Photo: Photo: Wikimedia Commons
The new joint venture, called Yarwil, was presented by Yara International and Wilhelm Wilhelmsen on August 28th. Wilhelmsen is one of the largest groups operating on the Norwegian shipping and maritime services market, while Yara is Europe’s leading producer of environmental products used for NOx-treatment.
NOx is a generic term used to describe mono-nitrogen oxides – NO and NO2 – that are formed through combustion in power stations, motors, waste incineration plants and for other production purposes, and that are detrimental to human health and the environment.
Yara’s internationally supplied products are already credited with removing more NOx than is currently estimated as Norway’s total emissions of these gases. By creating a joint enterprise with Wilhelmsen, Yara will enhance its cooperation with the shipping sector – an industry responsible for increasing NOx emissions, but also ripe with good opportunities to reduce the pollution.
The solutions to rely on
”Thanks to this (effort), the use of catalytic technology on vessels can take a big and important step toward a large-scale production and, by extension, to reduced costs and provide more reliable solutions,” said Bellona’s adviser on environmental technologies, Konrad Pütz.
“International shipping is a poorly regulated industry where available environmental technologies are only applied to a limited degree. Therefore, both a commitment within the industry and a long-term and predictable use of incentives and regulatory instruments by Norwegian and international authorities are needed. Only in this way can we cut down NOx emissions from ships,” added Pütz.
In his opinion, by joining their forces, these two globally recognised heavyweights now have all the prerequisites for a successful delivery of an efficient NOx treatment technology.
A unique partnership
Yara is the world’s biggest manufacturer of chemical fertilisers and its production facility in Porsgrunn is where the largest local-scale pollution occurs in Norway. Its energy consumption reaches a level of 10 terawatt-hours on a yearly basis and its annual carbon dioxide (CO2) emissions are estimated at some two million tonnes.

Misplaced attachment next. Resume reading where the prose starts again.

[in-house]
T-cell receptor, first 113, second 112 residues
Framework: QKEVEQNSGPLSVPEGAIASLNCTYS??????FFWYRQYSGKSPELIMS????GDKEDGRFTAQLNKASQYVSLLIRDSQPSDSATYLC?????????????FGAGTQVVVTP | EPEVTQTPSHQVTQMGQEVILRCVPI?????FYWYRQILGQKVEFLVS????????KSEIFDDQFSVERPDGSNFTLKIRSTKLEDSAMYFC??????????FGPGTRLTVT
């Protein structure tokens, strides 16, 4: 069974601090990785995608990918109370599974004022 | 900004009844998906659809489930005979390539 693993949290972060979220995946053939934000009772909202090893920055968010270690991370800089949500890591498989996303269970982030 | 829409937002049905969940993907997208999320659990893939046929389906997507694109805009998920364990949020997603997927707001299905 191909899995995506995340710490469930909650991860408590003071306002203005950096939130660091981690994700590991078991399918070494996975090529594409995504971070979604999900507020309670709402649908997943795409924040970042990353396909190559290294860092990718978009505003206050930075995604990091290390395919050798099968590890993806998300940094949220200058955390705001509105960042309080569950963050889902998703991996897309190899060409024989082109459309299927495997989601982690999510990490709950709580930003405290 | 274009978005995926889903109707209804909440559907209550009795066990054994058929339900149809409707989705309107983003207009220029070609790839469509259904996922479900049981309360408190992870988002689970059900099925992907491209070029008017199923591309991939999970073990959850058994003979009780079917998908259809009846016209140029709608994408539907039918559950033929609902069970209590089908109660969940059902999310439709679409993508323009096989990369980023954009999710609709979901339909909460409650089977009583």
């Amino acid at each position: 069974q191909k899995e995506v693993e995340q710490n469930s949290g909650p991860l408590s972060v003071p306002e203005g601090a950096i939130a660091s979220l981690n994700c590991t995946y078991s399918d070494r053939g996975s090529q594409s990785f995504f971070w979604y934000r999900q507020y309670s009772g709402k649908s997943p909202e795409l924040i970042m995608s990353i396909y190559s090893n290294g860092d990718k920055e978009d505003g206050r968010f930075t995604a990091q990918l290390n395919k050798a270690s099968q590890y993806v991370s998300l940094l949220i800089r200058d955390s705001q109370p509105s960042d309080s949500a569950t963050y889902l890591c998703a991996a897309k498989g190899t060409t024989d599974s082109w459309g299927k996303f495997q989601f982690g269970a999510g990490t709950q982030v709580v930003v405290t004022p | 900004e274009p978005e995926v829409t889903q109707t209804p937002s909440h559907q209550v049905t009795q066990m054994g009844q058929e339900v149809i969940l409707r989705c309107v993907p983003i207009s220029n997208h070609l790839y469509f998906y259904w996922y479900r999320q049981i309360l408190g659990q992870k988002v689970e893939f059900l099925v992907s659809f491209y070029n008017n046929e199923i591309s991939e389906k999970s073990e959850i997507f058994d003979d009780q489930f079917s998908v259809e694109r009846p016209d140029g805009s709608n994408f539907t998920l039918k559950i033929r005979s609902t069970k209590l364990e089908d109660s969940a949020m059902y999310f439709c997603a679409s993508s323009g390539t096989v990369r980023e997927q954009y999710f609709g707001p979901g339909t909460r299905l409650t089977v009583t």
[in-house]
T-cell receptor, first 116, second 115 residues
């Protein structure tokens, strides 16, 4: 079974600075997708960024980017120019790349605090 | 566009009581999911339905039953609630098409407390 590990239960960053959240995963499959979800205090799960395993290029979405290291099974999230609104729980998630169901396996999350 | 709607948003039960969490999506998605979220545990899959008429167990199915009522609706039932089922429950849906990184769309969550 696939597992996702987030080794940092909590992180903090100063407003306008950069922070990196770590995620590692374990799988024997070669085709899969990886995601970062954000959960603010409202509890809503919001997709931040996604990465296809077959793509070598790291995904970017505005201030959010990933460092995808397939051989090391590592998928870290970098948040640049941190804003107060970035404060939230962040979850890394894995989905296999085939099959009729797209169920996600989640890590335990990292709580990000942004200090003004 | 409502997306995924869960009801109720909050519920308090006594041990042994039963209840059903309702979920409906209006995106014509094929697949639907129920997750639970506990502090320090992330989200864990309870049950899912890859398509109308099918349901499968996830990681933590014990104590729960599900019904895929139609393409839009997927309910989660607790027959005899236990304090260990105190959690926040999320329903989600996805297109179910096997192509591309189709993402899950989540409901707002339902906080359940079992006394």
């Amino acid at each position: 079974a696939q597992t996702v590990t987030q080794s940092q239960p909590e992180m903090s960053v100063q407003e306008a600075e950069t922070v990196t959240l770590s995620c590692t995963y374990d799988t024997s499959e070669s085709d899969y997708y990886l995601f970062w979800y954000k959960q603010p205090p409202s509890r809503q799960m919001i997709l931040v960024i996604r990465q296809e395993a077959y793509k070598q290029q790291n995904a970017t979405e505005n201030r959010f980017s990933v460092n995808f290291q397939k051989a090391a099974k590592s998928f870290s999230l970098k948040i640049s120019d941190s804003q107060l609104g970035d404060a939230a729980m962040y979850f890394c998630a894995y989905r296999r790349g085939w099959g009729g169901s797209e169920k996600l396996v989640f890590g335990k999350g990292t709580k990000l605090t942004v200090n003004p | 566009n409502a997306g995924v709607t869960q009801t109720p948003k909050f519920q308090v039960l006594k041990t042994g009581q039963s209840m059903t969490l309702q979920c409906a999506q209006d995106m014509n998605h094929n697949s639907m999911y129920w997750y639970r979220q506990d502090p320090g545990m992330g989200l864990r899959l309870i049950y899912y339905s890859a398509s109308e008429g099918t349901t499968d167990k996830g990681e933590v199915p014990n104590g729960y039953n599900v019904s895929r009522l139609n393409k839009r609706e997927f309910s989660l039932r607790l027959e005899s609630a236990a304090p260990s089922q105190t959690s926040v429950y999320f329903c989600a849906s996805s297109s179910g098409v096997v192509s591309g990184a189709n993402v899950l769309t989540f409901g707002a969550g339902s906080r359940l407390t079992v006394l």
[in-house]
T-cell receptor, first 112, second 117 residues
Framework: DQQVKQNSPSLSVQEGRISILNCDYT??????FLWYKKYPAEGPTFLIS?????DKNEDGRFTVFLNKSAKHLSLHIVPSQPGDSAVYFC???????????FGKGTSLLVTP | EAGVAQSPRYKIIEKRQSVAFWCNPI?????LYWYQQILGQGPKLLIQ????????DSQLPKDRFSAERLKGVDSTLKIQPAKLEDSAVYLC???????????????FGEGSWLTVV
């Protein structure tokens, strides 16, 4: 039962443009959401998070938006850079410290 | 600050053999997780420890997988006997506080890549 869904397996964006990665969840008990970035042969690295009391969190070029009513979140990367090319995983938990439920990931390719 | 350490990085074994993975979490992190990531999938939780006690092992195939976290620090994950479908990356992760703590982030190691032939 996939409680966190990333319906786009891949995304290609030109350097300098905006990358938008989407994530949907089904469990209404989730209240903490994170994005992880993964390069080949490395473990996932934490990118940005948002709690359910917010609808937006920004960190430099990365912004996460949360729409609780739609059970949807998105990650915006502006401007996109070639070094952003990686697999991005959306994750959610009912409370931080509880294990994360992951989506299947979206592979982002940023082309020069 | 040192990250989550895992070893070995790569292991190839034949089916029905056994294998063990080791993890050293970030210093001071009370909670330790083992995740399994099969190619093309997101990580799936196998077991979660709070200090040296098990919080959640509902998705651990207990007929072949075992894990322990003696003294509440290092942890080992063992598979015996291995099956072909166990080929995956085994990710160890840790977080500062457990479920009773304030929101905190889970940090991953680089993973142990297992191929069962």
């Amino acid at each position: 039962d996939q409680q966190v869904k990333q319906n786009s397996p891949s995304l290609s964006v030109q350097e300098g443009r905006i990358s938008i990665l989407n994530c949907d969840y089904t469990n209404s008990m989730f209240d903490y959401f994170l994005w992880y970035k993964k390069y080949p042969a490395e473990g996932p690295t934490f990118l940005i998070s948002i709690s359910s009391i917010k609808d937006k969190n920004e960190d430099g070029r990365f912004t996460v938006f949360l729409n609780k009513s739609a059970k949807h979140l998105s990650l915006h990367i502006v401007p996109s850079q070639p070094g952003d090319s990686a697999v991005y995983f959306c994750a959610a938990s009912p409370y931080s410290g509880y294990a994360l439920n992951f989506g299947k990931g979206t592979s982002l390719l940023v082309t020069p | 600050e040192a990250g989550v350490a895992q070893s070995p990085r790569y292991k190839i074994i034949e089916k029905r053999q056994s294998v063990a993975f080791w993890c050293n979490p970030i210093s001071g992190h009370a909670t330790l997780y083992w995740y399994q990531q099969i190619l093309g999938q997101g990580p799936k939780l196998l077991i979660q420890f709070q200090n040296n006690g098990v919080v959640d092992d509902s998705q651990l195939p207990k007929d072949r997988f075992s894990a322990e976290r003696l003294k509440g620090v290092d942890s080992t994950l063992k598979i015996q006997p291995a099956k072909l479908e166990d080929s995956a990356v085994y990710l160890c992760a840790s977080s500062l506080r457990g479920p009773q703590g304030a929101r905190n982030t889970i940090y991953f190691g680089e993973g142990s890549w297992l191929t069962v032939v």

But Yara supplies not just fertilisers and pollution, but technological solutions as well: Among other innovations, it uses urea – a highly soluble, crystalline solid found in bodily fluids of mammals and also produced synthetically. Urea is a by-product generated during the production of fertilisers and it is used by Yara to treat NOx emissions from diesel-powered vehicles.
The cooperation agreement that Yara concluded with Bellona in 2005 was what prompted the chemical giant to start working together with the shipping operator Wilhelm Wilhelmsen – another partner of Bellona’s – to look for opportunities to translate the successful use of the urea technology into the maritime sector.
“Bellona has long worked to reduce the harmful emissions in shipping and we are very glad to have lent a hand to bring this partnership project about,” said Bellona’s Pütz.
Polluting at a pretty penny
According to the Norwegian Pollution Control Authority, Norway’s shipping industry stood accountable for 37 percent of all of the country’s NOx emissions in 2005. NOx pollution in Europe is regulated by the so-called Gothenburg protocol, signed in the Swedish town of Gothenburg in 1999. By inking this agreement, Norway pledged to reduce its yearly emissions of NOx to a level of 156,000 tonnes by 2010.
At the same time, in 2006 alone the country’s NOx pollution level was already 25 percent higher than the promised threshold. As part of the solution, the Norwegian government has introduced a so-called NOx levy of NOK 15 ($2.61) per one kilogram of NOx. However, many players on the shipping market as well as Bellona have argued that in and of itself, the NOx duty will not be enough to fulfil the international obligations pledged by Norway.
The pollution-free technology
Yara’s urea technology, now adjusted for envisioned use on ships, will be based on a concept that a special quality of the urea solution will be added to the hot exhaust fumes discharged by ships’ engines and then decompose to produce ammonia – which, in turn, will react with NOx from the exhaust in a catalytic converter. The end result is pure water and nitrogen.
Nitrogen will then be dissolved in the atmosphere, where it creates no risk of pollution. Yara has already been successfully using this technology in diesel-based automobiles and together with Wilhelm Wilhelmsen, will now apply the innovation on board of maritime transport as well.